|Born||September 21, 1902|
|Died||October 19, 1981(aged 79)|
|Alma mater||University of Sydney|
Born in Wyalong, New South Wales, Cusack was educated at Saint Ursula's College, Armidale, New South Wales and graduated from the University of Sydney with an honours degree in Arts and a diploma in Education. She worked as a teacher until she retired in 1944 for health reasons. Her illness was confirmed in 1978 as multiple sclerosis.
Cusack wrote twelve novels (two of which were collaborations), eleven plays, three travel books, two children's books and one non-fiction book. Her collaborative novels were Pioneers on Parade (1939) with Miles Franklin, and Come In Spinner (1951) with Florence James.
The play Red Sky at Morning was filmed in 1944, starring Peter Finch. The biography Caddie, the Story of a Barmaid, to which Cusack wrote an introduction and helped the author write, was produced as the film Caddie in 1976. The novel Come In Spinner was produced as a television series by the Australian Broadcasting Corporation in 1989, and broadcast in March 1990.
Her younger brother, John, was also an author, writing the war novel They Hosed Them Out under the pseudonym John Beede, which was first published in 1965; an expanded edition under the author's real name, John Bede Cusack, was published in 2012 by Wakefield Press, edited and annotated by Robert Brokenmouth.
Cusack advocated social reform and described the need for reform in her writings. She contributed to the world peace movement during the Cold War era as an antinuclear activist. She and her husband Norman Freehill were members of the Communist Party and they left their entire estates to the Party in their wills.
Contribution and recognitionEdit
Cusack was a foundation member of the Australian Society of Authors in 1963. She had refused an Order of the British Empire, but was made a Member of the Order of Australia in 1981 for her contribution to Australian literature.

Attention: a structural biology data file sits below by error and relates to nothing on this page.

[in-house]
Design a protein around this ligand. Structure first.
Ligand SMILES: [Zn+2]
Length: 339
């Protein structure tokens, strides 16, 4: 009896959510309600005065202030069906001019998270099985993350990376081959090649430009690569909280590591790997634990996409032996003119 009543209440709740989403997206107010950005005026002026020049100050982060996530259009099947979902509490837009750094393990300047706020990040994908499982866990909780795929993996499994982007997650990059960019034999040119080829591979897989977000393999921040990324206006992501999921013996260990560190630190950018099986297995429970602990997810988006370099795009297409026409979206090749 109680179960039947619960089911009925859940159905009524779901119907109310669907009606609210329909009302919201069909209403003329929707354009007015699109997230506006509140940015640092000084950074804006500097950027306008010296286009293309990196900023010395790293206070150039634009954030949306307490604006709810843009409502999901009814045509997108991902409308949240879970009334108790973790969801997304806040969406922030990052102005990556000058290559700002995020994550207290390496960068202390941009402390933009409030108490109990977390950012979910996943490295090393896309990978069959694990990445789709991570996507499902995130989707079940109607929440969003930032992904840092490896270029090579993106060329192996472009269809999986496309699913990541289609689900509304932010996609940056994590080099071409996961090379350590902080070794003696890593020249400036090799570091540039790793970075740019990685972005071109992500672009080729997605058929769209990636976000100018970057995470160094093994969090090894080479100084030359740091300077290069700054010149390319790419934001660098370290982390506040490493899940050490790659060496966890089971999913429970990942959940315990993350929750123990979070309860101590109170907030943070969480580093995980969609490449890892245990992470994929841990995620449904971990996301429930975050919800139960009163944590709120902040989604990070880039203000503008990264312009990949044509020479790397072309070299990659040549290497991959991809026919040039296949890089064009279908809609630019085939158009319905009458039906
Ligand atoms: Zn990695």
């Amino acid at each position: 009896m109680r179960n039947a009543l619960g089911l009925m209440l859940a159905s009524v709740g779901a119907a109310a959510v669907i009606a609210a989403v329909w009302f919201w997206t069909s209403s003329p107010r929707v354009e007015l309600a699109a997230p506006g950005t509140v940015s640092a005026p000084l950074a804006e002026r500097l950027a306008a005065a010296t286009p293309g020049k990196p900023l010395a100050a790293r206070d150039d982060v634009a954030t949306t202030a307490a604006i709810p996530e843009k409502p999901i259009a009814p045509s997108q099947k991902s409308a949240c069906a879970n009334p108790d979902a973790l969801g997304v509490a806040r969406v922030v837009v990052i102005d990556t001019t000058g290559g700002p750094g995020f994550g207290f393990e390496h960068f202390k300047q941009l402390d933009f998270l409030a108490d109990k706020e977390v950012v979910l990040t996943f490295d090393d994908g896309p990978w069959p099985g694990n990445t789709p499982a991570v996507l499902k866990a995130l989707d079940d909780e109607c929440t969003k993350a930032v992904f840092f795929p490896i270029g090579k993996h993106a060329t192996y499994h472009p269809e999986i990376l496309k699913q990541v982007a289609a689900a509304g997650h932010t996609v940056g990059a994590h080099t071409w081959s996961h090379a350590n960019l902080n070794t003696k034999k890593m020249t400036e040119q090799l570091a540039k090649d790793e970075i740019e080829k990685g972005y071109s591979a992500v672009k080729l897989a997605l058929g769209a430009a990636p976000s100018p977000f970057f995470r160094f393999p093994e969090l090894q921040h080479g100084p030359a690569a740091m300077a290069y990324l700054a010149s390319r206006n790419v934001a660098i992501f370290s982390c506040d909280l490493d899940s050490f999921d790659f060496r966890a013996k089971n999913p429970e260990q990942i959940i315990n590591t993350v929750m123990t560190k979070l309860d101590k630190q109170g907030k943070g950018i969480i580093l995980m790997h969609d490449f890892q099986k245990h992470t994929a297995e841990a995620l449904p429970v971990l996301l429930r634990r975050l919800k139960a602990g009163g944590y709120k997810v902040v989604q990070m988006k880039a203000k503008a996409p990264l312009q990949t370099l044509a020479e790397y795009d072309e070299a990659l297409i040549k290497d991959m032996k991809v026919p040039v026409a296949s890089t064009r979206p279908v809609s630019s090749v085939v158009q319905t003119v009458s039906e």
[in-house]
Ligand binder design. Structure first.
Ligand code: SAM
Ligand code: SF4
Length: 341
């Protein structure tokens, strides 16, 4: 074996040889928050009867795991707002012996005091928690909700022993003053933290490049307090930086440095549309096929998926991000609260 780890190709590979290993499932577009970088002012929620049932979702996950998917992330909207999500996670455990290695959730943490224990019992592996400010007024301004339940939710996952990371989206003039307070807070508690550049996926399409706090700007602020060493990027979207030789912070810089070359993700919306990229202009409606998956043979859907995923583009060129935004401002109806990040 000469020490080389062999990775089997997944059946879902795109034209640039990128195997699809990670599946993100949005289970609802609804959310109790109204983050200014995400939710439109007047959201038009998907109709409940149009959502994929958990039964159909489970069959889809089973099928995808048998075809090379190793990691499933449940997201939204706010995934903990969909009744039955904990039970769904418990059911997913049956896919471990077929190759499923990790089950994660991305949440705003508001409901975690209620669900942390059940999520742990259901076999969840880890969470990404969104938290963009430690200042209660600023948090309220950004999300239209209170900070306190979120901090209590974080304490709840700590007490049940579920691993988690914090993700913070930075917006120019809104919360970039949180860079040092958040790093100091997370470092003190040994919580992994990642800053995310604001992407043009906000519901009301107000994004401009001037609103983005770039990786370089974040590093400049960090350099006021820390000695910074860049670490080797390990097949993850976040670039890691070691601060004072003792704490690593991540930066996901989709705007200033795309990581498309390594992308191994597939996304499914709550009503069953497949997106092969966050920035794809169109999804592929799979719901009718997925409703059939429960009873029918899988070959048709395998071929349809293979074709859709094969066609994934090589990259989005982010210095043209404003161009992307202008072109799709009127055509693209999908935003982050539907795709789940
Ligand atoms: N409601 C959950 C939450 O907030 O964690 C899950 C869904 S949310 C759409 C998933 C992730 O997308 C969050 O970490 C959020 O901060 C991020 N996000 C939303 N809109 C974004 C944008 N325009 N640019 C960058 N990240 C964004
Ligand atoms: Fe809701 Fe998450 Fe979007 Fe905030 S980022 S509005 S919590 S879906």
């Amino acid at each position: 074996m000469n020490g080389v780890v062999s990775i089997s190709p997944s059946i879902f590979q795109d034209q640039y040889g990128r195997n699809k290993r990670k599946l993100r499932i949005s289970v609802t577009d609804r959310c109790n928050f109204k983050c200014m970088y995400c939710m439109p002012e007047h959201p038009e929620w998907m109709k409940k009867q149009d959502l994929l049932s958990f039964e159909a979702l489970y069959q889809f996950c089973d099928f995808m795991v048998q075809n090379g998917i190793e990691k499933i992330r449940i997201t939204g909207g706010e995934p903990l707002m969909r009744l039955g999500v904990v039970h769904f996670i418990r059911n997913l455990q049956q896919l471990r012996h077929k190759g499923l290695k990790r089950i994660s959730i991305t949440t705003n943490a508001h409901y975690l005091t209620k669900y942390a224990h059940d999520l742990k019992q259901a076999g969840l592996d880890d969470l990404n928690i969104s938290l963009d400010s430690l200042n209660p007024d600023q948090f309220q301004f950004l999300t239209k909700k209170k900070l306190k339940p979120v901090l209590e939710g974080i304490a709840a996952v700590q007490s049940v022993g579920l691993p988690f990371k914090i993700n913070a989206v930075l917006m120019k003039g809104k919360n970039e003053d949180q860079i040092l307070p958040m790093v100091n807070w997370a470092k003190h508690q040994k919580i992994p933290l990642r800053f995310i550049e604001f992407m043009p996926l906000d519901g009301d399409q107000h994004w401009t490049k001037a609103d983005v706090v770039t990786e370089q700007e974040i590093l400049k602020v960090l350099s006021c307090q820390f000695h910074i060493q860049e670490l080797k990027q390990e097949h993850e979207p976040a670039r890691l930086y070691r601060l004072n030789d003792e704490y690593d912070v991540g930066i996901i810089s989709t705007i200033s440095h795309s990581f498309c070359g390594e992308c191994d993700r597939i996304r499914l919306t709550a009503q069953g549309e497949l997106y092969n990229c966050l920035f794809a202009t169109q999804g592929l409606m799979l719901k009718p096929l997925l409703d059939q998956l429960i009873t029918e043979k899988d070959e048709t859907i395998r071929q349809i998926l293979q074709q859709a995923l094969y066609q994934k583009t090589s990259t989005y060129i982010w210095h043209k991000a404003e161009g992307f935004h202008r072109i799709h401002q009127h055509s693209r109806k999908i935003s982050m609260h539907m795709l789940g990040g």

- Safety First, 1927
- Shallow Cups, 1933
- Anniversary, 1935
- Red Sky at Morning, performed 1935; published 1942
- Morning Sacrifice, 1943
- Comets Soon Pass, 1943
- Call Up Your Ghosts, with Miles Franklin, 1945
- Pacific Paradise, 1955
- Jungfrau (1936)
- Pioneers on Parade (1939) with Miles Franklin
- Come In Spinner (1951) with Florence James
- Say No to Death (1951)
- Southern Steel (1953)
- Caddie, the Story of a Barmaid (1953) [Introduction only]
- The Sun in Exile (1955)
- Heatwave in Berlin (1961)
- Picnic Races (1962)
- Black Lightning (1964)
- The Sun is Not Enough (1967)
- The Half-Burnt Tree (1969)
- A Bough in Hell (1971)
- Chinese Women Speak. Angus & Robertson. Sydney. 1958.
- Holidays Among the Russians. Heinemann. London. 1964.
- Illyria Reborn. Heinemann. London. 1966.
- Mary Gilmore A Tribute. Australasian Book Society. London. 1965.
- Kanga-Bee and Kanga-Bo. Botany House. Sydney. 1945.
- Marilla North (2007), "Cusack, Ellen Dymphna (Nell) (1902–1981)", Australian Dictionary of Biography, National Centre of Biography, Australian National University, retrieved 18 May 2015
-  Archived 6 June 2011 at the Wayback Machine, middlemiss.org; retrieved 22 March 2008.
- Croft, Julian, 1941-; Bedson, Jack; Campbell Howard Collection; University of New England. Centre for Australian Language and Literature Studies; Dixson Library (University of New England) Australian plays in manuscript (1993), The Campbell Howard annotated index of Australian plays 1920-1955 / compiled and edited by Jack Bedson and Julian Croft, Centre for Australian Language and Literature Studies, University of New England.CS1 maint: multiple names: authors list (link) pp.68-78.
- Spender (1988) p. 219
- "Red Sky at Morning (1944)". ImDb. Retrieved 9 March 2008.
- IMDB - Come in Spinner (1990)
- Cusack, J.B. (2012), They Hosed Them Out, Wakefield Press, ISBN 9781743051061
- Peter Coleman, "Memento Moscow", Weekend Australian, 16–17 January 1999, Review, p. 10
- "It's an Honour – 26 January 1981". Australian Government. Retrieved 9 March 2008.
- "Tribute to Literary Greats on Sydney Writers’ Walk", 24 October 2011; retrieved 10 April 2012.
- Dymphna Cusack bibliography
- North, Marilla. (2007) "Cusack, Ellen Dymphna (Nell) (1902–1981)". Entry in the Australian Dictionary of Biography. Melbourne: Melbourne University Press. Accesssed 11/11/2019 
- Spender, Dale (1988) Writing a New World: Two Centuries of Australian Women Writers, London: Pandora